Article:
SPEAKING FOR THE DEVELOPMENT OF BULI
by George Akanlig-Pare, Department of Linguistics, University of Ghana, Legon
When I sat down to this task, to speak for Buli, the language of the Bulsa(1) people in the Upper East Region of northern Ghana, I had no illusions whatsoever that it was going to be easy-going. I knew some of the things I was going to say, would sound 'scandalous' to many people, for reasons that I think are rather superficial to occupy us here. I am quite aware, however, that such sentiments are very common among minority groups everywhere in the world, especially when such groups are predominantly non-literate.
What I propose here is for us to adopt a stand to promote the effective use of Buli as the medium of instruction in primary schools in Buluk(2) and subsequently as a subject of study in the second and tertiary institutions. I shall try to give reasons why I think this will benefit us as a people more than the current practice does, and especially at the primary school level.
For the benefit of doubt, let me put the current system in perspective. It is stated clearly in the constitution of Ghana that for the first three years of primary education the mother-tongue of the child should be used as the medium of instruction. This means Buli in the case of the Bulsa.
üæêt in Ife by a group of linguists working in collaboration with the beneficiary communities. The project was designed to find out the most appropriate language for effective teaching in Nigerian primary schools.
To execute the program, textbooks and study aids were carefully produced in Yoruba. Teachers were selected and trained to handle them effectively and efficiently. At the end of the six years, an examination was conducted for the children who went through the normal stream where English was the medium of instruction as well as for those in the experimental Six Years School Project. The results showed a very high success percentage for the latter over the former. Paradoxically, the children in the project did better in the English test than their counterparts who had English as medium of from primary one. Thereafter, these pupils continued to do well in the secondary schools.
Despite this resounding success, the program was not adopted because the politicians failed to appreciate the impact this would have had on the socio-economic development of the nation. Nevertheless, this is the benefit our children stand to enjoy if we adopt the use of Buli as the medium of instruction in the first six years of their formal education. At the end of the sixth year, not only will they be sufficiently literate in Buli to be able to read and write in it, but they will also be better prepared for further education.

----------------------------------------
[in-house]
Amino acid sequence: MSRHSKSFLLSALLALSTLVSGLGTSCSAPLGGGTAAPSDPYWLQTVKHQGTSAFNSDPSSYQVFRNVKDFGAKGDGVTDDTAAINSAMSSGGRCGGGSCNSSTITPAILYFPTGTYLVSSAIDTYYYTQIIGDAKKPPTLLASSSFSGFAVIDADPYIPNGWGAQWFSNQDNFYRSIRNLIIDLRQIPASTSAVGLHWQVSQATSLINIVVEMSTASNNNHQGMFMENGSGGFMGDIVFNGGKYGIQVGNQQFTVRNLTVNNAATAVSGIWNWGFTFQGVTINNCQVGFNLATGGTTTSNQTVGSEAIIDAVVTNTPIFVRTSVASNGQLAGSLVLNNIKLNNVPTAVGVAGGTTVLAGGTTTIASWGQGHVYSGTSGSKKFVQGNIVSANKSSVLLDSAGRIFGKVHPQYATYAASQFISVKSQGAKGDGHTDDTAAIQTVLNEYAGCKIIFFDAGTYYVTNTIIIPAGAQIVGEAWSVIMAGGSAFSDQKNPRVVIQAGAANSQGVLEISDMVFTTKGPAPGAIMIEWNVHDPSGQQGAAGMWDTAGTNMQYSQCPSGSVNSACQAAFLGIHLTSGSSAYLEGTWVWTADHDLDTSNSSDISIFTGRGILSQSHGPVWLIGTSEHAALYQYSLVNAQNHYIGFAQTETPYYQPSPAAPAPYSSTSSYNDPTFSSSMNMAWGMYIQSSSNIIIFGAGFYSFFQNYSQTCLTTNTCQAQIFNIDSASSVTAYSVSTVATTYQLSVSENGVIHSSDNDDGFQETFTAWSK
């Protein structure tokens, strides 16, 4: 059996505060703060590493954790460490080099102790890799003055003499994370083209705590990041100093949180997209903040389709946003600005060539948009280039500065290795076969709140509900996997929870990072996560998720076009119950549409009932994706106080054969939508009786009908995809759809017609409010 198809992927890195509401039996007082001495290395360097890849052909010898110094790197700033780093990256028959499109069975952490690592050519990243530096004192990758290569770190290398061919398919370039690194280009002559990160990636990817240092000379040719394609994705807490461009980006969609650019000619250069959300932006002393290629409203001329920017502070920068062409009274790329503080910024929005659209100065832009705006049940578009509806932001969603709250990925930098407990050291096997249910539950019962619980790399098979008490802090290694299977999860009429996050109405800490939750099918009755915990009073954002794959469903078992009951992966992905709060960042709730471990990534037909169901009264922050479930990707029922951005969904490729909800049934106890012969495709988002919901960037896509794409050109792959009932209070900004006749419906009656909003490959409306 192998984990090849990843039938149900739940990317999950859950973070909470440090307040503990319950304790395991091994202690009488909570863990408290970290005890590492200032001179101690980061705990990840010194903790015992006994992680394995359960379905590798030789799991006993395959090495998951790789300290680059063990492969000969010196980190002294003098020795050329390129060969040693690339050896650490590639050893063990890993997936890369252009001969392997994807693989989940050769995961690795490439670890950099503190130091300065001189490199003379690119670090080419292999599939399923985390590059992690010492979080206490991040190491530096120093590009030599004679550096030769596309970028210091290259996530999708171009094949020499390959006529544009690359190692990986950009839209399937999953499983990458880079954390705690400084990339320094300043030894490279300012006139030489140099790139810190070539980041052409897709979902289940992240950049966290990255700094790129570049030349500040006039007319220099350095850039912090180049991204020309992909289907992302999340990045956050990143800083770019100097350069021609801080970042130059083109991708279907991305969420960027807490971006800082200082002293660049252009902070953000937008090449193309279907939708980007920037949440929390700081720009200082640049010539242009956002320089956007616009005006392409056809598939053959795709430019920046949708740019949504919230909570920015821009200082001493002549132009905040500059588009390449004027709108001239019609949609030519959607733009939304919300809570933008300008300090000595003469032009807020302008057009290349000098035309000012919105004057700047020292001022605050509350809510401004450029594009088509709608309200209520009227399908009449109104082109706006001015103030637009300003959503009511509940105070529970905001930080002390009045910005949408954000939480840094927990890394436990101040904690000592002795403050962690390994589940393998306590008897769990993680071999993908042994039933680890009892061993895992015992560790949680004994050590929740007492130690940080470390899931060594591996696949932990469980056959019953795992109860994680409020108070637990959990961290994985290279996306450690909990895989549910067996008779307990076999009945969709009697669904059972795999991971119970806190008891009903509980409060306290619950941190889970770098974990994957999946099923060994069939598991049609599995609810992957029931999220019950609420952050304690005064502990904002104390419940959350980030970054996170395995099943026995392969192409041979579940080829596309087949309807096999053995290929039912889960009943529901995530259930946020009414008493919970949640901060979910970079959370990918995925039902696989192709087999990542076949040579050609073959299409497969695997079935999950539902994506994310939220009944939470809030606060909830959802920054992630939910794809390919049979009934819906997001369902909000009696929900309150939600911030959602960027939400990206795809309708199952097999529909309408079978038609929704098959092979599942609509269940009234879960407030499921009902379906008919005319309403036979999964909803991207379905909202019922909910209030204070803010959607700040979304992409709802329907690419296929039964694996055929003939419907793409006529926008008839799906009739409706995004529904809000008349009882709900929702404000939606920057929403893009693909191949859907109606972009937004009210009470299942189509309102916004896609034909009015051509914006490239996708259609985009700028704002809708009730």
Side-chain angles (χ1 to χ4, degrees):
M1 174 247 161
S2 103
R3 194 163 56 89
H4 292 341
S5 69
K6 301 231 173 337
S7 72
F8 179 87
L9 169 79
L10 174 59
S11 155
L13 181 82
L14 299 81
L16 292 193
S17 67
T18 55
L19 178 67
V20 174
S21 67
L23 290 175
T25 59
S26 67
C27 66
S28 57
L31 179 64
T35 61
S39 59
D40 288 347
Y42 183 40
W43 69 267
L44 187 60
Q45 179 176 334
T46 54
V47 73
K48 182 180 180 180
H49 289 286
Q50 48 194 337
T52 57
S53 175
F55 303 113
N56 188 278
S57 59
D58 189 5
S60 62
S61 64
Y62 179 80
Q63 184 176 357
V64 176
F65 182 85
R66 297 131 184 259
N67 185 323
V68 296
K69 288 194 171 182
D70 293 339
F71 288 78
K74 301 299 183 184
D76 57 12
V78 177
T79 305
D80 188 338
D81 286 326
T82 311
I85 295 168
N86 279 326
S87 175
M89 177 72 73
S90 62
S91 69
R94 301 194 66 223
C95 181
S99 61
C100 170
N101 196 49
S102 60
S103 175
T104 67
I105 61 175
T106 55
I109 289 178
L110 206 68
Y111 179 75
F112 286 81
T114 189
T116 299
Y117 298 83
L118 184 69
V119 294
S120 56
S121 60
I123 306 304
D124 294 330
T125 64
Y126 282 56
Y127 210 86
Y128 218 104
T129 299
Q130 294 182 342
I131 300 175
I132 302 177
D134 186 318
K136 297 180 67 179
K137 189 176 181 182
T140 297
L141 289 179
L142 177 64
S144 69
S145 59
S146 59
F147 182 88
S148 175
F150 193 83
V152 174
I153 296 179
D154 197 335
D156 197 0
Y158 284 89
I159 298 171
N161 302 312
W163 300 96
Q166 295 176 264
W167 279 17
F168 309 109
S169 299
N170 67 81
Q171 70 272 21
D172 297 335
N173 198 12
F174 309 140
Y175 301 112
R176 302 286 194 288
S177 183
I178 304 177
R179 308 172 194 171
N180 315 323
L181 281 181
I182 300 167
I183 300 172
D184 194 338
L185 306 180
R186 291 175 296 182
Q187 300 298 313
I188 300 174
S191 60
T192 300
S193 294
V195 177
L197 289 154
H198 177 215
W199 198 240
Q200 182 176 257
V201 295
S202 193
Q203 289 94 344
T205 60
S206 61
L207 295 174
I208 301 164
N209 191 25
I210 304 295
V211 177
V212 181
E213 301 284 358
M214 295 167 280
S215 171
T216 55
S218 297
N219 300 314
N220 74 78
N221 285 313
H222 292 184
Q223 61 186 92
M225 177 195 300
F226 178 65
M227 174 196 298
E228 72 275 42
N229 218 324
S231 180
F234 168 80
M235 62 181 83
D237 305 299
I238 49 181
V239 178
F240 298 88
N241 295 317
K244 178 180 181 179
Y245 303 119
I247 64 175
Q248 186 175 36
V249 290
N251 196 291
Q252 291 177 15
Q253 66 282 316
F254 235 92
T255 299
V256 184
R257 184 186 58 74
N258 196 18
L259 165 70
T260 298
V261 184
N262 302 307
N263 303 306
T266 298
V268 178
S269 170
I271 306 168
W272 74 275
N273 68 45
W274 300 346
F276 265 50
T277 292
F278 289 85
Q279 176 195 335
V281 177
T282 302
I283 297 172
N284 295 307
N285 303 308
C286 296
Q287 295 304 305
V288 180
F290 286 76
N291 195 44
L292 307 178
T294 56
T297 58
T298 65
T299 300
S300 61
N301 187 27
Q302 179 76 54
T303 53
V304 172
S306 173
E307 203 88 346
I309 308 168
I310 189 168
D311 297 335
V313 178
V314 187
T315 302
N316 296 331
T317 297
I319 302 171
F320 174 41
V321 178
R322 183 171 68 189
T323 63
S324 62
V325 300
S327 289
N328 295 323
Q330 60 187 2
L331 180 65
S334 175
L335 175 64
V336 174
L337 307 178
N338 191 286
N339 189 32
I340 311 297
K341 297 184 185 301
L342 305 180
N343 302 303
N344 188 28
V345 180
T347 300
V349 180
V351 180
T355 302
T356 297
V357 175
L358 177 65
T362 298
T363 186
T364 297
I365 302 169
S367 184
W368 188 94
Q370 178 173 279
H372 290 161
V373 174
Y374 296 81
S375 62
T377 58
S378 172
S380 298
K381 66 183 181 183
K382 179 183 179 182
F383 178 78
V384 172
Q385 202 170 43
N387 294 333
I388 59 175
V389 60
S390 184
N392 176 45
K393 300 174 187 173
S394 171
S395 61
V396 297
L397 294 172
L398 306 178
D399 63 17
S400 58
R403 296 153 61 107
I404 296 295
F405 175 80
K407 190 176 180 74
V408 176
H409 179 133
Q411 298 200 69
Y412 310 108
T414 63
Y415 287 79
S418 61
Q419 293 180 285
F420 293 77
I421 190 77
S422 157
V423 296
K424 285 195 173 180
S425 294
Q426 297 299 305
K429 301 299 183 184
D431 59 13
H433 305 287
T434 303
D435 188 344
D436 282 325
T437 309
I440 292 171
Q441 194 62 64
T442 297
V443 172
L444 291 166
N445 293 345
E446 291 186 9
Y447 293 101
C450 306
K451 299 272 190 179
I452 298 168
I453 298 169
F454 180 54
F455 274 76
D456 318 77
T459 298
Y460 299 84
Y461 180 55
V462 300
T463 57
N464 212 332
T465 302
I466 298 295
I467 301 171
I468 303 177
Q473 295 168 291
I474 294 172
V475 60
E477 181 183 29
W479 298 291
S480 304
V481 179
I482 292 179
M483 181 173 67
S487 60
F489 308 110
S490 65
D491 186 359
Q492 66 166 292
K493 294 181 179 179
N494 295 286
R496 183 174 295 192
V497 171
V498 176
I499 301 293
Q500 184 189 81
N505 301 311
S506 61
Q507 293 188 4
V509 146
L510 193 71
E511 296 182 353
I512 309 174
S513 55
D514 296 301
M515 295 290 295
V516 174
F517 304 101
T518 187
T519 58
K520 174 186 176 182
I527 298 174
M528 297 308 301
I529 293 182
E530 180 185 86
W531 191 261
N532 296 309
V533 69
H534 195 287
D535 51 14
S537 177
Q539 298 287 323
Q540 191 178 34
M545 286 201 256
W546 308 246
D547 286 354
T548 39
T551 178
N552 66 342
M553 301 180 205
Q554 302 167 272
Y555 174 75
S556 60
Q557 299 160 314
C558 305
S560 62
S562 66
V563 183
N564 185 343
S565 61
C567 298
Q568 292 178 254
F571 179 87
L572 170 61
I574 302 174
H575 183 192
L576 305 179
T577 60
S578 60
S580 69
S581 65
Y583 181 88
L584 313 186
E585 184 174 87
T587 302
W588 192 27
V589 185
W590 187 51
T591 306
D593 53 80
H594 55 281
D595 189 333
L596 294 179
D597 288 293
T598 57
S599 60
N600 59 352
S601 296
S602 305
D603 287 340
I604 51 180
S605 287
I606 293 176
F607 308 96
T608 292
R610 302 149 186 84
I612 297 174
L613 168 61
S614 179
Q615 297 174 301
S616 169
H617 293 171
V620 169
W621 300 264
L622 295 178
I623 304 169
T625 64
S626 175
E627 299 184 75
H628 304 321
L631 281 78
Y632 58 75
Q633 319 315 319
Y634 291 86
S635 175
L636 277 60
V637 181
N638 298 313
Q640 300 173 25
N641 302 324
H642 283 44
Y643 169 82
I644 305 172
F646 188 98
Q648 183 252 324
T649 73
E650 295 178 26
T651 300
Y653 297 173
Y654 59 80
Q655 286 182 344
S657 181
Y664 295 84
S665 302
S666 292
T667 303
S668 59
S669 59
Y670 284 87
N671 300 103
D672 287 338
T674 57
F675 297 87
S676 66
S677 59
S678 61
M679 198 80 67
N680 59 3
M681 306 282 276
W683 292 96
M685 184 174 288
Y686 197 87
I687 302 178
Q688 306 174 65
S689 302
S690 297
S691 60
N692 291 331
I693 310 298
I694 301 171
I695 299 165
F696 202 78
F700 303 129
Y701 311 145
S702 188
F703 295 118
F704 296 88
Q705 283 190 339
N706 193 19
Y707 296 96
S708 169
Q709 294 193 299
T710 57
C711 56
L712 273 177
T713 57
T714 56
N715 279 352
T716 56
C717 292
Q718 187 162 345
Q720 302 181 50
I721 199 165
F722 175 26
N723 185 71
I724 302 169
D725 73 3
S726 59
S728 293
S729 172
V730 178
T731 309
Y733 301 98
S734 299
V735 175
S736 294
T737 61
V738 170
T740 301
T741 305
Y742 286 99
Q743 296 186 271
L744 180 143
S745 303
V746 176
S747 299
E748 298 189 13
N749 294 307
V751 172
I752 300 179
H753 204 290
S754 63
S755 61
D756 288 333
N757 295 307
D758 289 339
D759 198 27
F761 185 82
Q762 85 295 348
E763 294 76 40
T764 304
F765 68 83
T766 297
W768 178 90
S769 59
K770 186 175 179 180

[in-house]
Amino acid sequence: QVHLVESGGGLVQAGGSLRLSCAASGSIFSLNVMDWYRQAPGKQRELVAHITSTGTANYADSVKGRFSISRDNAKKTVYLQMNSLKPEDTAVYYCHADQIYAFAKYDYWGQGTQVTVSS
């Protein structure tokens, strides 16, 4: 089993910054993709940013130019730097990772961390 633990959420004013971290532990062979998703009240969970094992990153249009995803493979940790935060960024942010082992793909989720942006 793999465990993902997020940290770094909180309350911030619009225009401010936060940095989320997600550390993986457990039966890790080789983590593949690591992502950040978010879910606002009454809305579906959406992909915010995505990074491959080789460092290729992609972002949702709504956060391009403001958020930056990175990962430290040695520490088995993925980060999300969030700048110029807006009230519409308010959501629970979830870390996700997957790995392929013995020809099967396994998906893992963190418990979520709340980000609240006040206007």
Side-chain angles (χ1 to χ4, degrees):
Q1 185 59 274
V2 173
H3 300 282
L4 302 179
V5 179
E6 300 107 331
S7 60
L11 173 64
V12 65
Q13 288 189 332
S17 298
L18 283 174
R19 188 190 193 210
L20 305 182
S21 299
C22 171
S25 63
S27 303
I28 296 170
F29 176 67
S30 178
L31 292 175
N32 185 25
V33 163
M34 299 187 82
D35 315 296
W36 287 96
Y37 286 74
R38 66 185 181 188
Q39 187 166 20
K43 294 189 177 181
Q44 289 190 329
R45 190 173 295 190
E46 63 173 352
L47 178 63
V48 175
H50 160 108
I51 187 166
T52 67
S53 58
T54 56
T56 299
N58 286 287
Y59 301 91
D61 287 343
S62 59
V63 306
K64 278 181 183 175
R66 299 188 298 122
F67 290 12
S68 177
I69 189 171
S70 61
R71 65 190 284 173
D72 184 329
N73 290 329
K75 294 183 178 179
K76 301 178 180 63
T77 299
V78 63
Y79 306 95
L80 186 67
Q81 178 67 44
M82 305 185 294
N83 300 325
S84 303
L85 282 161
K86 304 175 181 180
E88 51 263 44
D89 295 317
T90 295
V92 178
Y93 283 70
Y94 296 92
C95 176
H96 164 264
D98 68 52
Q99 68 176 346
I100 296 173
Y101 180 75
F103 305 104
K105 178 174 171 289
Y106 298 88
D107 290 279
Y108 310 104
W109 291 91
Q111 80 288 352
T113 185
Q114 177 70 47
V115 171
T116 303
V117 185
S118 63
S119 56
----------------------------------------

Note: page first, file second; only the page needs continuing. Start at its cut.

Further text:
And why should we not adopt this program when even a casual evaluation of the current system reveals a very pathetic picture. Although not officially stated, it is obvious that a good number of the pupils who start school do not go beyond primary six. And at that stage, their ability to think and use the English language is near zero. Most of them do not even know how to spell their names, and when they do not need English to operate at all the near-zero English that they barely managed to acquire disappears together with the little they learnt in it. This is when they become the notorious "yerikarichiba". Yes, they relapse into stark illiteracy to add to the already large stock of illiterate Bulsa who never set foot in a classroom. The net effect of this is both suffocating stagnation and morbidity in all that relates to the development and progress of Bulsa society.
This is an embarrassing and sad situation because for a long time to come, primary six will continue to be the terminal point for the majority of children in Buluk, and considering that primary education will continue to be the only major source of formal education for them to fulfil whatever achievements they are capable of, as well as contribute their quota towards the development of Buluk, it is imperative that we provide them with the best primary education as possible. This, by all intents and purposes must be done in Buli. The reason for this resides in the huge impact the linguistic environment builds into the development of the child.
Empirical evidence shows that when this environment is changed very often in the formative years of a child, its cognitive development slows down. This is further explained by the fact that every thought is conceived in a language. There is never a thought that is conceived in a vacuum. So, if the cognitive process is linked to language development, it stands to reason that if there is a disruption in the language development process, there is bound, naturally, to be a disruption in the thought development process. This is simple one to one logic, but with multiple implications.